• 102 DavidV November 30, 2021, 9:11 pm

    @Naeclue (100) I’m probably missing something from your strategy, but don’t you have to find over £9k from somewhere to replace your state pension while you defer? This is no longer available for investment in equities, or anything else.

  • 103 The Accumulator December 1, 2021, 12:15 pm

    Loving this discussion. @ Naeclue – thank you for coming back to me on your SWR strategy. Wise words as ever.

  • 104 Naeclue December 2, 2021, 12:53 am

    @DavidV, yes you are right! I forgot about the £9k. The £3,251 needs to be spent up front for the deferral, along with about another £6k, which would farther reduce my cash pot.

    The break even point is stated at 18 years, but that is only true if the return on the cash spent deferring would have grown at the same rate as inflation. Could I draw an inflation adjusted £10.42 per week from the approx £9k cash for 18 years? It might fall short, or be in surplus according to the return on cash.

    It makes sense for the money to fund the deferral to come from cash/bonds rather than equities as one “safe” asset is being traded for another. So if someone was running a 70/30 portfolio in retirement, this would become slightly more heavy on the equities side, but it would not mean more equities, just less cash. eg a £500k 70/30 fund would imply £150k in cash/bonds, reduced to £141k by deferral, so the portfolio would be 491k/141k, or about 71/29.

    Deferral is not as good a deal as I initially thought – thanks for the discussion!

  • 105 Naeclue December 2, 2021, 12:54 am

    @SemiPassive, I hope your spawn of the devil investments serve you well 😉

  • 106 DavidV December 2, 2021, 4:57 pm

    @Naeclue (104) When I made my own decision to claim the state pension I was fully aware that under the old rules deferral of the state pension had been an incredibly good deal. Also in the US, delaying claiming social security until age 70 seems to be an essential part of intelligent retirement planning for many. Even under the new rules here, the 5.8% per annum uplift still seemed a good deal compared to an inflation-linked annuity, although the comparison is complicated by state pension deferral being equivalent to a deferred annuity. At the time the government openly stated that the uplift under the new rules was designed to be actuarially neutral. It was the Royal Statistical Society paper I referenced that convinced me to claim as soon as I was eligible. Luckily for me this was (by the skin of my teeth) at age 65.

  • 107 Al Cam December 3, 2021, 12:14 am

    @DavidV, @Naeclue:
    Good chat guys.
    One thing that nobody has mentioned is that in all likelihood your spending will decline as you age, so jam tomorrow should perhaps be weighted accordingly and not “evenly” as it is even on a time value of money basis.

    I too am familiar with the US arguments and IIRC the equivalent bonus is c. 8%PA simple there. And, US Social Security is beneficially taxed too!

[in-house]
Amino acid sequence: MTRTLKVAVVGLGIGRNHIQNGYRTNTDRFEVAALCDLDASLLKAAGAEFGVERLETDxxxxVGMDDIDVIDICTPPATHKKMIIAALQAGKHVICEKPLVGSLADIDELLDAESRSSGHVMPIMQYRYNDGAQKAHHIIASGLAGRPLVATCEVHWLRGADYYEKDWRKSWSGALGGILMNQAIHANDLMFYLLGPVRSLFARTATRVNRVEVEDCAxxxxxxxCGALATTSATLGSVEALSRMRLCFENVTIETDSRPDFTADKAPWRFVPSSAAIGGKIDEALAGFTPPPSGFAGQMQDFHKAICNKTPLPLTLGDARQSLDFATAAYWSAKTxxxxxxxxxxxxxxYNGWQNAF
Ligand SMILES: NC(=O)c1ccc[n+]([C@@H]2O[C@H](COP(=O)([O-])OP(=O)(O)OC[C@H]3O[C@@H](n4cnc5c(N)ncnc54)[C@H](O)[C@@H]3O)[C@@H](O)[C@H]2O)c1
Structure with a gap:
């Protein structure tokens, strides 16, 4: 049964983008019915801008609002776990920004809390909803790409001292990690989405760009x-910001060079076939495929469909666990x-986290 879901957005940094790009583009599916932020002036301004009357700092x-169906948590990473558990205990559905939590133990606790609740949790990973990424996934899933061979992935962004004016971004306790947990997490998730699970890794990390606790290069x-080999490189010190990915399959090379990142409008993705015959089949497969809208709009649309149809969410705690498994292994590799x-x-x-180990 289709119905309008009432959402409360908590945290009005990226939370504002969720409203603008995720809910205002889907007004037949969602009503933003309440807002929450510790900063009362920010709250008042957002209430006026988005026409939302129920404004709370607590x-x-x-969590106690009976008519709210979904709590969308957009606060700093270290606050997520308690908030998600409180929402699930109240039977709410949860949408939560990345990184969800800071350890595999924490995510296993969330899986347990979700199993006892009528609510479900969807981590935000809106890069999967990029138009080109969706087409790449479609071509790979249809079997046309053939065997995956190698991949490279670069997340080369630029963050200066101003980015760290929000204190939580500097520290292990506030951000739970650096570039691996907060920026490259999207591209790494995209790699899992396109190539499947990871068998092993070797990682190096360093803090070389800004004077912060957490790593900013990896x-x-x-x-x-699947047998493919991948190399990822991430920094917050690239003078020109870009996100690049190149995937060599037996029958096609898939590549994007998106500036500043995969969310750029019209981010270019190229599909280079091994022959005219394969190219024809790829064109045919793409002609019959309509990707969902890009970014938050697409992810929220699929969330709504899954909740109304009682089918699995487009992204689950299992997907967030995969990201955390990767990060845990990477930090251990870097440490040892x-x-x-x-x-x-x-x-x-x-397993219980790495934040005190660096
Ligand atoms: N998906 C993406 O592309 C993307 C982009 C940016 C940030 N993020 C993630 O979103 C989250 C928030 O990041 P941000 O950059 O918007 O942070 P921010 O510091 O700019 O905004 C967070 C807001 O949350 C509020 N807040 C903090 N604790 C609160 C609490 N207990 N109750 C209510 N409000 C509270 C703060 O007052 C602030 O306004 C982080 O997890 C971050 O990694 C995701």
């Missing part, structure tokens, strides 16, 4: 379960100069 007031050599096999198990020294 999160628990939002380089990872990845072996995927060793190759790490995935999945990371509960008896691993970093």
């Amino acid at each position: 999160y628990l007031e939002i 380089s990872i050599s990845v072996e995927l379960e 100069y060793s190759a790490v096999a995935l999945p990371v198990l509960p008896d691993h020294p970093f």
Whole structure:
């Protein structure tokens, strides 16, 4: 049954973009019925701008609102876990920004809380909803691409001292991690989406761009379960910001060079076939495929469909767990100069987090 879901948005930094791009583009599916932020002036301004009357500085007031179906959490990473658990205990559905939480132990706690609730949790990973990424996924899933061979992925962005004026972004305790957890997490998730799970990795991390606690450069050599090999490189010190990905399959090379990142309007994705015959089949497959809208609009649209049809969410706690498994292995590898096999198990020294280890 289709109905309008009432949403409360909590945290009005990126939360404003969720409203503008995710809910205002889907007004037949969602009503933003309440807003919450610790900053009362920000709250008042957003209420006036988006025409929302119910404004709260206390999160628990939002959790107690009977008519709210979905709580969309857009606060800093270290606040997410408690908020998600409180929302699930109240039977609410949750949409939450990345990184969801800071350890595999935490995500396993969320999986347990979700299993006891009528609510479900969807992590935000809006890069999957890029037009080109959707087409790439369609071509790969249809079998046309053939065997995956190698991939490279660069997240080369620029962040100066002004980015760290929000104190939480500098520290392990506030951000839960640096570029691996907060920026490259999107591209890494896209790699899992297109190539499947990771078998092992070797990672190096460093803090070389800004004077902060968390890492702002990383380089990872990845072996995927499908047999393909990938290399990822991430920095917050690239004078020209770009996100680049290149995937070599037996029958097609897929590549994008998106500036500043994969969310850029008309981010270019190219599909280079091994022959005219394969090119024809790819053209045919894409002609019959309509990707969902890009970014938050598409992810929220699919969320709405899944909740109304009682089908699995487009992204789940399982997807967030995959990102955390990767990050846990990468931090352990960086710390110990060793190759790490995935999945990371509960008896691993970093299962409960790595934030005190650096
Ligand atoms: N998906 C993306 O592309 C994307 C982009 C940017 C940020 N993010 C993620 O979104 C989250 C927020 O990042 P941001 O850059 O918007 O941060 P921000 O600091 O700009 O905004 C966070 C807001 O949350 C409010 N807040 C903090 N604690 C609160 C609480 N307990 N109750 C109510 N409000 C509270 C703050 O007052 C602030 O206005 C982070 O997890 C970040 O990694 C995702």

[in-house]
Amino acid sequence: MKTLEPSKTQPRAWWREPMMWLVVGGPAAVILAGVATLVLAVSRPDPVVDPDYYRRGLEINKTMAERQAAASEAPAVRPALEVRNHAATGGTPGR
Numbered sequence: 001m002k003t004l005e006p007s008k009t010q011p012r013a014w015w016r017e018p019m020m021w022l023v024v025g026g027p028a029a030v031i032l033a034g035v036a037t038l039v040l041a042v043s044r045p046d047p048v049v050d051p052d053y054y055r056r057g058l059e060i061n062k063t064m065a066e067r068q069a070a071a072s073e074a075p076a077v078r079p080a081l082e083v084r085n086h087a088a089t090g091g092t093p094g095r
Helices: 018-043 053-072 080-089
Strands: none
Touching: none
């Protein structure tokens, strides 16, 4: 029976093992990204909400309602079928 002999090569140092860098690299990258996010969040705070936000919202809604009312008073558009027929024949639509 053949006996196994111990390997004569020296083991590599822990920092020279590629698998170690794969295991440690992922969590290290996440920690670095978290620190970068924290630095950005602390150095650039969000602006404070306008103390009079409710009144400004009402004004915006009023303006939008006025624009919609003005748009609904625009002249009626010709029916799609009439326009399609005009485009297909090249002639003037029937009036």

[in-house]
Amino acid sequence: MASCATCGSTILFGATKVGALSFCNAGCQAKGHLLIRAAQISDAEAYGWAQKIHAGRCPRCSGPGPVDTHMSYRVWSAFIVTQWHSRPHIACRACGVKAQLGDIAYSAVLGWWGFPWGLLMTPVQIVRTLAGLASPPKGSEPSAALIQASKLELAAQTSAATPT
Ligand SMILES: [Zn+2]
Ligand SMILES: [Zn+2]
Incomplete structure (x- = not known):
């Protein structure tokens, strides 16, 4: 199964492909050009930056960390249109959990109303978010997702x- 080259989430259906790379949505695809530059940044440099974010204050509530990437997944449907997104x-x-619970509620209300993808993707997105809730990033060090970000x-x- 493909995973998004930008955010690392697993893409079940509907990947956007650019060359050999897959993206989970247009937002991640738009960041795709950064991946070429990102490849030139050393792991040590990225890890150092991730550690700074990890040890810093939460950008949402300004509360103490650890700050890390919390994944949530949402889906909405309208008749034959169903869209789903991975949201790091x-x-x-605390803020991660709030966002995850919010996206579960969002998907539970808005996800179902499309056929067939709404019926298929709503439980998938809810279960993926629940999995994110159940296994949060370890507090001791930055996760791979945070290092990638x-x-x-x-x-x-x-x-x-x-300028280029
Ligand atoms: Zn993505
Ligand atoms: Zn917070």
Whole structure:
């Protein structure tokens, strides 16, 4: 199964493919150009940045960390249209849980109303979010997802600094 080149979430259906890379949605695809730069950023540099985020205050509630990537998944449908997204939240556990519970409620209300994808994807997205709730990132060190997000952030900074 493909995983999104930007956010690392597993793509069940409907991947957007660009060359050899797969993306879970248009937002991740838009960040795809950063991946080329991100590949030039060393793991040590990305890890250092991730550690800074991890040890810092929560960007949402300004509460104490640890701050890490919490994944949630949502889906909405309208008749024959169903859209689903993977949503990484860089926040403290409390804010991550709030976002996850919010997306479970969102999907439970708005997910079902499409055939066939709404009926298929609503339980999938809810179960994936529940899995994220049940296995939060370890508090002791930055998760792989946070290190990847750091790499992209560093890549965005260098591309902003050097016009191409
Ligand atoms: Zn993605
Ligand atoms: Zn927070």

• 108 SeekingFire@hotmail.com December 3, 2021, 10:52 am

    Agreed a good conversation.

    Naeclue a couple of questions

    @95 – I entirely agree with your comments based upon the assumption upon with a SWR is based upon. However I recall though you’ve decided not to hold any bonds? Interesting in your rationale based on your comments

    @80 – What happens if you planned to retire at the end 2022. At the end of 2021 you had £1m. During 2022, markets fall 50% with your portfolio now being worth £500k. The 4% rule suggests that your SWR is £20k. Using your analogy you could still withdraw £40k as you could ‘pretend’ you’d retired a year ago. Your time period though would be 29 not 30 years. Interested to know if you agree or not.

    It’s not what I’m planning on doing btw anyway…..

  • 109 Al Cam December 3, 2021, 2:54 pm

    @DavidV (#68):
    This post might be of some interest to you: http://rivershedge.blogspot.com/2021/11/contradictions-in-longevity.html

  • 110 DavidV December 3, 2021, 4:30 pm

    @Al Cam (109) Thanks for the link. It is good to see the premise of the Webb & Boyle paper set out with some more numbers on relative variability of life expectancy with age. It is interesting that the author’s guess of the optimum age to annuitise is very different from Webb & Boyle’s conclusion using their base assumptions.

  • 111 Al Cam December 3, 2021, 5:31 pm

    @DavidV:
    Will is a good guy who has been playing with ret fin for some time now. I have found him to always be happy to share his knowledge and discuss things.
    What particularly caught me eye were his comments that:
    a) “I believe it more than not” that there is “some age or stage where it starts to make quite a bit more sense than not” to annuitise
    BUT
    b) “I’ve never seen, though, any bright lines or crystal clear rules on this kind of stuff” and this from a guy who IIRC has spent some time chatting with Milevsky.

    FWIW, I also stumbled upon a far more critical review of the W & B paper earlier this week too.

  • 112 The Accumulator December 3, 2021, 8:02 pm